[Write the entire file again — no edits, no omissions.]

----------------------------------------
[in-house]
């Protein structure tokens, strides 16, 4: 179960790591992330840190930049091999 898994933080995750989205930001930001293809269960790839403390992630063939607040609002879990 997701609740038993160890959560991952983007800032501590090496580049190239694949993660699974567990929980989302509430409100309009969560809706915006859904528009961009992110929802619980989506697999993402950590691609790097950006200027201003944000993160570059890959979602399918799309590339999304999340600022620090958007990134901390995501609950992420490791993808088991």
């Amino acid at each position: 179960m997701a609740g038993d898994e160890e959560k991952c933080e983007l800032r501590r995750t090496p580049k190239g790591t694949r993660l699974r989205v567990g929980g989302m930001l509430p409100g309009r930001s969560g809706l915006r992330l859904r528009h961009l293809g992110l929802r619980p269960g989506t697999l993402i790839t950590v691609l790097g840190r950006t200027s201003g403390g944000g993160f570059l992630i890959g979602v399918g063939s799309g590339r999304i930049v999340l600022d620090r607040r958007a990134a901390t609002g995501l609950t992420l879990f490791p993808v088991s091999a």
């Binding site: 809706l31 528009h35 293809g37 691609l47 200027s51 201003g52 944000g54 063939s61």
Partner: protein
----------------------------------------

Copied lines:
[in-house]
């Protein structure tokens, strides 16, 4: 179960790591992330840190930049091999 898994933080995750989205930001930001293809269960790839403390992630063939607040609002879990 997701609740038993160890959560991952983007800032501590090496580049190239694949993660699974567990929980989302509430409100309009969560809706915006859904528009961009992110929802619980989506697999993402950590691609790097950006200027201003944000993160570059890959979602399918799309590339999304999340600022620090958007990134901390995501609950992420490791993808088991």
């Amino acid at each position: 179960m997701a609740g038993d898994e160890e959560k991952c933080e983007l800032r501590r995750t090496p580049k190239g790591t694949r993660l699974r989205v567990g929980g989302m930001l509430p409100g309009r930001s969560g809706l915006r992330l859904r528009h961009l293809g992110l929802r619980p269960g989506t697999l993402i790839t950590v691609l790097g840190r950006t200027s201003g403390g944000g993160f570059l992630i890959g979602v399918g063939s799309g590339r999304i930049v999340l600022d620090r607040r958007a990134a901390t609002g995501l609950t992420l879990f490791p993808v088991s091999a």
């Binding site: 809706l31 528009h35 293809g37 691609l47 200027s51 201003g52 944000g54 063939s61």
Partner: protein